Transportation Networks 23 and routing plans for transit facilities as well as guides to aid in the design of transit facilities (AASHTO 2014). Providing additional guidance for these is beyond the scope of this report. How- ever, it is imperative to incorporate transit facilities into the overall transportation network so that they can be considered in the context of the overall transportation network and not viewed separately. Recent trends of increased ridership may require a closer examination of such transit overlays and their potential impacts on design. A close coordination with transit agencies, which typically are independent from DOTs, is essential to properly define transit overlays for roadways where transit either exists or is anticipated to be located. Freight Networks Freight networks typically describe where large trucks needing special accommodation may be concentrated on the roadway network. Studying land use to identify industrial centers and/or multi- modal ports and manufacturing and commercial areas may determine the location of freight net- works. Once freight-generating land uses are identified, preferred supply and delivery routes can be identified that connect the centers where activity originates with expected destinations. Heavy freight (i.e., large trucks) is typically routed to larger, higher classification roadways, such as major and minor arterials, where increased mobility is preferred. However, in addition to evaluating the roadway types to serve freight corridors, planners/designers should avoid sensitive context zones, such as urban and urban core areas, to minimize interactions between freight and vulnerable road users. Freight networks should be characterized based upon the frequency and size of expected freight traffic. Lower classification roadways may accommodate occasional through freight vehi- cles, while certain roadway and land use contexts may preclude large freight traffic. On heavy freight routes, the roadway, adjacent facilities, and intersections should be designed to accom- modate freight traffic and movements safely and efficiently. Moderate- or occasional-use freight facilities may marginally accommodate larger freight vehicles while being designed to provide lower speeds and shorter crossing distances for other users. Within these roadwayâcontext com- binations, operational efficiencies may be affected as freight traffic traverses the corridor. Network Overlay Application As described previously, good modal network layouts can be assembled for each user group and, once complete, may be overlaid on top of one another to develop a representation of the entire transportation network and its users (Figure 16). This is critical for identifying conflicts between user groups so that revisions may be made to best accommodate all usersânot neces- sarily on all roadways but within the entire transportation network. Incompatibilities between the needs of user groups will likely arise throughout the network planning and project development process. When these conflicts occur, an alternative network strategy can be applied to identify parallel routes with accommodations more compatible to the transportation needs of one or more of the user groups. For example, while it may be desirable to accommodate bicyclists on an arterial, heavy vehicle volumes may present a challenging trade- off decision when considering how to accommodate significant bicycle demand. In this case, parallel roads can be used to divert the bicycle traffic and establish the required separation to accommodate them. While it is easily understood that all users must be accommodated within the transportation system, all roads cannot be all things to all people. However, all users can be fully supported by the total network. It is therefore imperative that a designer evaluates the needs of all users, as well as understands the priority of users within the route and each of their nodal networks. In establishing modal networks, the primary consideration will be identifying the gen- erators for each mode and then providing a connection between major points of trip attraction While it is easily understood that all users must be accommodated within the transportation system, all roads cannot be all things to all people.
24 An Expanded Functional Classification System for Highways and Streets or generation. For instance, a roadway in the urban core with heavy pedestrian-focused retail should place a high priority on pedestrian movement as it serves as the point of attraction. Roadways connecting the activity center with either residential or transit centers may also need to prioritize pedestrian movements but may also lower priority if an alternative is identified that better accommodates the mix of users, such as establishing a pedestrian-only corridor closed to automobile traffic. At a minimum, the design should accommodate intended users on the road of concern or be moved to a parallel route. Where possible, enhancements should be made beginning with the highest priority user first. As is evident from the foregoing discussion, this application of the Expanded FCS requires expansion of the documented public transportation system to include pedestrian and bicycle networks as well as to identify future connections within these networks. Transportation agen- cies routinely establish roadway networks and clearly understand the role of these networks. On the other hand, bicyclist and pedestrian networks are not used widely and this may pose an initial issue for the Expanded FCS implementation. Due to the relatively limited range of pedestrian activity, it may not be necessary to identify a comprehensive pedestrian network, but rather the individual context of the area may be used to determine the level of pedestrian activity, with individual projects identifying special connections to transit and adjacent contexts. The longer range of bicycle travel however has the tendency to routinely pass through several context zones, increasing the need for a global network determination of bicycle facilities. This process can begin with a consultation of the appropriate stakeholders to identify existing facili- ties. For example, cities typically have an inventory of sidewalks, and bicycle groups often have bicycling maps developed for their members. Such resources can provide the basis for additional Figure 16. Overlay of transit and freight modal networks.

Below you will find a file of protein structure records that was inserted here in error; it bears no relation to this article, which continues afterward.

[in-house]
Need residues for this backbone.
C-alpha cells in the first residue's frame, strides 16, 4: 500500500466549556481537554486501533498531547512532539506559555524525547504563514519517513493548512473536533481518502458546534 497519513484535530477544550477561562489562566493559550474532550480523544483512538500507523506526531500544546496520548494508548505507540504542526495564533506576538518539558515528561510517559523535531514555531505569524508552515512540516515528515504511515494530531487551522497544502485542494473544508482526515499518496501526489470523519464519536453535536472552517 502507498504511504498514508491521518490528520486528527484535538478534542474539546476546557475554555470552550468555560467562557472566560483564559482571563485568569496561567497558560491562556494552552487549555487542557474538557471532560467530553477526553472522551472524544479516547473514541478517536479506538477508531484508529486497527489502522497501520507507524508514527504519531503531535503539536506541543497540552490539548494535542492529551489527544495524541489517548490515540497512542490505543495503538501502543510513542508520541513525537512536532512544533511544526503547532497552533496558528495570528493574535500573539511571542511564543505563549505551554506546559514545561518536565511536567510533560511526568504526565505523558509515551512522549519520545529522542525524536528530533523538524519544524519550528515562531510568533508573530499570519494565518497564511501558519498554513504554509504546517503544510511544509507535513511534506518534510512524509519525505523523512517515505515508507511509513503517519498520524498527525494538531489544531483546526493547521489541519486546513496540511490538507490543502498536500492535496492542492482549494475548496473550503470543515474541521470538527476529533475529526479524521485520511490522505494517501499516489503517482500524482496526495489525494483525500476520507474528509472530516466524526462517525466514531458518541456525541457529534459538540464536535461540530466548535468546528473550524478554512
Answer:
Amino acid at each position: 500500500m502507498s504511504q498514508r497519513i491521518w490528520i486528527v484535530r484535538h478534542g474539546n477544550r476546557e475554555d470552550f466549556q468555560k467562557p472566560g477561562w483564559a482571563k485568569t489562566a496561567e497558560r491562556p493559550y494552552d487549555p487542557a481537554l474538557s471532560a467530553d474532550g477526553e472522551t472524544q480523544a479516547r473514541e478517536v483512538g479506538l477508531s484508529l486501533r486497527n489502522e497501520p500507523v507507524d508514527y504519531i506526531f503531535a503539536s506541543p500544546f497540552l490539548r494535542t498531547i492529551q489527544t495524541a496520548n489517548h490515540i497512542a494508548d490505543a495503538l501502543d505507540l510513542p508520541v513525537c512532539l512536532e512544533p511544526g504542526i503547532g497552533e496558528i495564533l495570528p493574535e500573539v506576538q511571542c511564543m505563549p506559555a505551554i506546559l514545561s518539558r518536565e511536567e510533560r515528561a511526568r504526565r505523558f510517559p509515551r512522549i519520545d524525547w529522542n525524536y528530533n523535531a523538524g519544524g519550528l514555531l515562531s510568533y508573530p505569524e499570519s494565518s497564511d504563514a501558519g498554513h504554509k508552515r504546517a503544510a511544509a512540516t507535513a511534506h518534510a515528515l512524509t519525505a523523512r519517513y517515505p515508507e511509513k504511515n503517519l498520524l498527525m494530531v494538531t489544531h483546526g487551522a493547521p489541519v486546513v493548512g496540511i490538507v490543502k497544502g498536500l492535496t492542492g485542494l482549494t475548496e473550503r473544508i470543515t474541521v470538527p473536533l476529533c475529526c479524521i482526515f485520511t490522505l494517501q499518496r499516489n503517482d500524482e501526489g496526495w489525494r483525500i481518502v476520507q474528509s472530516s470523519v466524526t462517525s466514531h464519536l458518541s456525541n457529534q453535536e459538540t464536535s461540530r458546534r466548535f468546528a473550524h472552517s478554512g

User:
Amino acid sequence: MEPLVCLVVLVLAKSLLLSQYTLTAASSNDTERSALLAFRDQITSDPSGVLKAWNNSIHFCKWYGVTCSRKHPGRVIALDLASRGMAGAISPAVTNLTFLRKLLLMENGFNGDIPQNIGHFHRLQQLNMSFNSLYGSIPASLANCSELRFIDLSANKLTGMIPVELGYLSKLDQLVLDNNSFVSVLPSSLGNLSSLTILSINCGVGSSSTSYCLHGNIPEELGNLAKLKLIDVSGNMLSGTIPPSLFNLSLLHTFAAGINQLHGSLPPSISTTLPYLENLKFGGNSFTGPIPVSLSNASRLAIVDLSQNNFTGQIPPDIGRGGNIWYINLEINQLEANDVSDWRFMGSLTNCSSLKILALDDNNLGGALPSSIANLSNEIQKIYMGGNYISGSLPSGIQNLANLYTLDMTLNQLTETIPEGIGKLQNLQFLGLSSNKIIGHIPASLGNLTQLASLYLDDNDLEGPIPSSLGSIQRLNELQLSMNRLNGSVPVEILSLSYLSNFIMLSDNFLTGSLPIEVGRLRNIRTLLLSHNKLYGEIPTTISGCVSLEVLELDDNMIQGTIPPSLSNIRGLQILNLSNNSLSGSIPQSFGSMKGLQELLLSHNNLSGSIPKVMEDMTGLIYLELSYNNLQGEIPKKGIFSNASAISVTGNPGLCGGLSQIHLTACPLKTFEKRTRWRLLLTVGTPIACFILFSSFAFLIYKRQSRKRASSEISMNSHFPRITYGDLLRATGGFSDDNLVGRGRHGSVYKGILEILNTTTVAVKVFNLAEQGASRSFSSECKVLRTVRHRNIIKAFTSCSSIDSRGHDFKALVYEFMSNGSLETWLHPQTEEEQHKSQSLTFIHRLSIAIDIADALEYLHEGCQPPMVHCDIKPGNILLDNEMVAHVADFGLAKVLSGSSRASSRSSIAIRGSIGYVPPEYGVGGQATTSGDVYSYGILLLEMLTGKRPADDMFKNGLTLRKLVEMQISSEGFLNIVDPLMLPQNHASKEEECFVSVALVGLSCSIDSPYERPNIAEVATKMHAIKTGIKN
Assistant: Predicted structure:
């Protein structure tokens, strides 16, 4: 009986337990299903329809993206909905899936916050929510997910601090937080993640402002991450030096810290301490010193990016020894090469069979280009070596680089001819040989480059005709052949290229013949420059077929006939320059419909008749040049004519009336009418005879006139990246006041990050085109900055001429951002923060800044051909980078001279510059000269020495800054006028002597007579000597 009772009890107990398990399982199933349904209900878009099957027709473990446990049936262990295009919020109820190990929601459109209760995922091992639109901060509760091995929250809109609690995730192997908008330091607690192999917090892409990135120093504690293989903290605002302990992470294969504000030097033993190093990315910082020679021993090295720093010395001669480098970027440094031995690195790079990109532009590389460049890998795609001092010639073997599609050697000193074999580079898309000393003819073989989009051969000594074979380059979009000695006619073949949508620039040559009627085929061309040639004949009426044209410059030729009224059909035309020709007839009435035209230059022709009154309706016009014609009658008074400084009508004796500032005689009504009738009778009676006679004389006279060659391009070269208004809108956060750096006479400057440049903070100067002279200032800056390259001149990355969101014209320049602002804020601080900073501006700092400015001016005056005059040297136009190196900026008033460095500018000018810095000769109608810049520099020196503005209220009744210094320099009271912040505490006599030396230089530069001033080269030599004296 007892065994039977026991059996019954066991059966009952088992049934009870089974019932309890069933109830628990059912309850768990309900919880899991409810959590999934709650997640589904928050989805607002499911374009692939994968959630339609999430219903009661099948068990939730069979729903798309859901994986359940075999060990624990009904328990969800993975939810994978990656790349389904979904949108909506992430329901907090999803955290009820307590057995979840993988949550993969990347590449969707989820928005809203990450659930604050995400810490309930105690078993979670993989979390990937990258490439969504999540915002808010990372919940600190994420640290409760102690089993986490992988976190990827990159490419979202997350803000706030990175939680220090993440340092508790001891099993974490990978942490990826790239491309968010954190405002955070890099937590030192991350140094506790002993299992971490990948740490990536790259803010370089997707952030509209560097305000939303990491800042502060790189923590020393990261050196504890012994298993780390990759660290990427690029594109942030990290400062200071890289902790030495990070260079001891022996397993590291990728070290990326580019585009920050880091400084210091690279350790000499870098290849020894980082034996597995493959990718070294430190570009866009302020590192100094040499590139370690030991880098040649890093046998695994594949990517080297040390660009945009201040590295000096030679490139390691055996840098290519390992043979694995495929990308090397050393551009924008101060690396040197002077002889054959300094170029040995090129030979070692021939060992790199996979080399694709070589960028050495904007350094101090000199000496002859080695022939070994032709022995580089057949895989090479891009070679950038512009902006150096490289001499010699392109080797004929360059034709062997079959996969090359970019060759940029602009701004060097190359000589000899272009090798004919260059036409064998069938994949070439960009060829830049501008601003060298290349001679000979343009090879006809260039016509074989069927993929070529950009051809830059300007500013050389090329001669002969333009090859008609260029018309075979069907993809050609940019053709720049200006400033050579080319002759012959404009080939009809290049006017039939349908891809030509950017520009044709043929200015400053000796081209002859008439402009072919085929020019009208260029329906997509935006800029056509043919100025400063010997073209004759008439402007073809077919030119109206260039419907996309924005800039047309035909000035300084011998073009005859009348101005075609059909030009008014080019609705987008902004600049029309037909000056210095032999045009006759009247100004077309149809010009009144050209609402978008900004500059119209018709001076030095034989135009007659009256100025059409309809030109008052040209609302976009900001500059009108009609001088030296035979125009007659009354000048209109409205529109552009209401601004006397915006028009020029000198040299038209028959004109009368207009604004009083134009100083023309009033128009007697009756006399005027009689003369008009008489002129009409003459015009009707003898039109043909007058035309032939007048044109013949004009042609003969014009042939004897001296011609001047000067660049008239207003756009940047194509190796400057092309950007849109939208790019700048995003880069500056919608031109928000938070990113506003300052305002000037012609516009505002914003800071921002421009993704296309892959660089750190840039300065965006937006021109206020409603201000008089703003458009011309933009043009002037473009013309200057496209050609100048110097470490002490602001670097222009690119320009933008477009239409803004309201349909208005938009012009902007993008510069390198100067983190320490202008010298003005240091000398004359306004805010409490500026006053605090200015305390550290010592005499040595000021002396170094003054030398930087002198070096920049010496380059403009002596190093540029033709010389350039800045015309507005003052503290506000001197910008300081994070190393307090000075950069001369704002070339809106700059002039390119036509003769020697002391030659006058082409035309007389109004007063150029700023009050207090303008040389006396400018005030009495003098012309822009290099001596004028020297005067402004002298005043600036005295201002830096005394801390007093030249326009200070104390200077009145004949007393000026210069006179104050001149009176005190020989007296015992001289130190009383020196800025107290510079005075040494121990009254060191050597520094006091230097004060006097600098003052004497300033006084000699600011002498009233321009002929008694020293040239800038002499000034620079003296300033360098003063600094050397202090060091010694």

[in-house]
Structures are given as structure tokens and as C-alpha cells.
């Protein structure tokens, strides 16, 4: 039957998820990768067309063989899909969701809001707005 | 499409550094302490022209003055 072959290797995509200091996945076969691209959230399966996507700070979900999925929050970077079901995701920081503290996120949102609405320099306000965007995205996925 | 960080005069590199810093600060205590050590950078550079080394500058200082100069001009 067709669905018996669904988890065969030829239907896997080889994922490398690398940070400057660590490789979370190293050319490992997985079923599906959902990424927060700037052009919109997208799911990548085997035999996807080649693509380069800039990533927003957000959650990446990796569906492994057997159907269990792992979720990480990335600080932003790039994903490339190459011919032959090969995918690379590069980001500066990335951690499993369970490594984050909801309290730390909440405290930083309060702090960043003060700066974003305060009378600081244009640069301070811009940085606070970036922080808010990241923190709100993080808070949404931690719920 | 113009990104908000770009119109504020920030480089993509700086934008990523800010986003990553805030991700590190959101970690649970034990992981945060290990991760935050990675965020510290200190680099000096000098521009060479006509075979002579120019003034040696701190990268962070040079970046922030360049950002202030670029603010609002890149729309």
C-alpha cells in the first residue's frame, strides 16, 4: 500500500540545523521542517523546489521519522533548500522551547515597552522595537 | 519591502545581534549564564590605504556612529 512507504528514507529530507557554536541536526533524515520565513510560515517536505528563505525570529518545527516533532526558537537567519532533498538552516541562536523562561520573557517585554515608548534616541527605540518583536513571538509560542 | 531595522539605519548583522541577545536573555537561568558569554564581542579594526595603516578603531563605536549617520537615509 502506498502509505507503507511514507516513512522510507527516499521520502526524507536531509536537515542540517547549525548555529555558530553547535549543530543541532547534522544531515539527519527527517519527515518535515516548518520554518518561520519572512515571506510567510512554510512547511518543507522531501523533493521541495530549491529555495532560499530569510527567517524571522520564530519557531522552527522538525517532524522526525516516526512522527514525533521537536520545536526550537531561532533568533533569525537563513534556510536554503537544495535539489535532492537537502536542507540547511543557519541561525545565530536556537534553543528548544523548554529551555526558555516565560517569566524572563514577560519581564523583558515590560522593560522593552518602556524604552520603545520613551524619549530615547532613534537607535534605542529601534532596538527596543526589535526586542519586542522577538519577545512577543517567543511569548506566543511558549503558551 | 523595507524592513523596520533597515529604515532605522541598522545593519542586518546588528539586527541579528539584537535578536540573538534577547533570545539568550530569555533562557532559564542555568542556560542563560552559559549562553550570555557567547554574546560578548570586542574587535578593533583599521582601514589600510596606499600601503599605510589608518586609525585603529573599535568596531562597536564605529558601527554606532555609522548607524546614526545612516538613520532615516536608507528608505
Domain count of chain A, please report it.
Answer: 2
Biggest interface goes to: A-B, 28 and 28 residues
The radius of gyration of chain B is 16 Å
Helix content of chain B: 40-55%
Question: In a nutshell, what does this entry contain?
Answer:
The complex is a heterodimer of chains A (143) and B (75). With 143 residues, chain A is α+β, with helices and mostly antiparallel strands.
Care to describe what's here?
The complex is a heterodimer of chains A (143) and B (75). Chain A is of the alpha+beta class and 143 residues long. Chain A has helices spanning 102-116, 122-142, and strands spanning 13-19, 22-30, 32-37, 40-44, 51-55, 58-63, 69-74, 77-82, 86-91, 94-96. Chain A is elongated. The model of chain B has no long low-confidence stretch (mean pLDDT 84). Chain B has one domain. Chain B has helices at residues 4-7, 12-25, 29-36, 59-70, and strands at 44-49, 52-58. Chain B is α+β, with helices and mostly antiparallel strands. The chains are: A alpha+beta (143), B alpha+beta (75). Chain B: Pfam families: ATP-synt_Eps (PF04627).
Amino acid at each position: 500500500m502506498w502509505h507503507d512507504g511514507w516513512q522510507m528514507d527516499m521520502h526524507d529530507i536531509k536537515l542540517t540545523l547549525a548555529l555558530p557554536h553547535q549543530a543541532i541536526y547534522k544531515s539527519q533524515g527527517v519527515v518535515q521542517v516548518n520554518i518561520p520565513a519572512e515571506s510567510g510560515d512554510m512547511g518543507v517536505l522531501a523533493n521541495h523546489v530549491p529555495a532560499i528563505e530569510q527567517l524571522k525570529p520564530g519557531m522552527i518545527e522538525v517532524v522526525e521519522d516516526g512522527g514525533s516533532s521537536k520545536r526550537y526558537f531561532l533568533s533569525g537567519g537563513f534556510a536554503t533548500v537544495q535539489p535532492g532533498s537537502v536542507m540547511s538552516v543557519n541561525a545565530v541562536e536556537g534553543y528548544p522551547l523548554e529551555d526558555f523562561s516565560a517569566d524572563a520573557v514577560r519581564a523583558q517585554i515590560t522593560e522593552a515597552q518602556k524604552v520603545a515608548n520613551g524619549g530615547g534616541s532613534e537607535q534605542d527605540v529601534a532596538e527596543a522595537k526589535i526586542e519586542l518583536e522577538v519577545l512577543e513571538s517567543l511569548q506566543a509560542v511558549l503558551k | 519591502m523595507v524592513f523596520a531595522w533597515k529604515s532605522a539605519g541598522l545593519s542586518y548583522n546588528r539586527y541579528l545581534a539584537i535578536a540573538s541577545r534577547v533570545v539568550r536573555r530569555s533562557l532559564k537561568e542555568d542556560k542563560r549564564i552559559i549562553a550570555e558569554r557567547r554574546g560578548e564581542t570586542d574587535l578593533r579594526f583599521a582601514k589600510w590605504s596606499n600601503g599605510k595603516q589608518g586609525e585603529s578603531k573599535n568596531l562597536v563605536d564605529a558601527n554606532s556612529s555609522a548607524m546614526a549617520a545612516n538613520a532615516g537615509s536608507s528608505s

Transportation Networks 25 discussions with these stakeholders, aiming to identify the relative need for each facility within the respective network. This process can rely on CSS principles to define modal priorities and hence establish the network classifications for bicyclist and pedestrian facilities. An agency can follow a CSS-based approach to establish these networks: â¢ Identify appropriate stakeholders. â¢ Identify centers of activity that could attract and/or generate pedestrian and bicyclist activity. â¢ Solicit stakeholder input on route choices and priorities and collect existing maps and other data. â¢ Develop preliminary network classifications and solicit stakeholder input. â¢ Finalize and publish pedestrian and bicyclist networks. Note that the absence of a comprehensive bicycle network does not render the application of the Expanded FCS useless. As opposed to utilizing a preexisting network, a project team in con- junction with project stakeholders and public input may identify the priority of bicycle facilities for a roadway dependent upon the existing and anticipated bicycle volumes, adjacent facilities, traffic generators and attractions both within and outside the project area or along the route in question. Addressing bicycle routes in this manner will allow for advancement of modal equality; however, full network planning will be required to provide a truly cohesive system.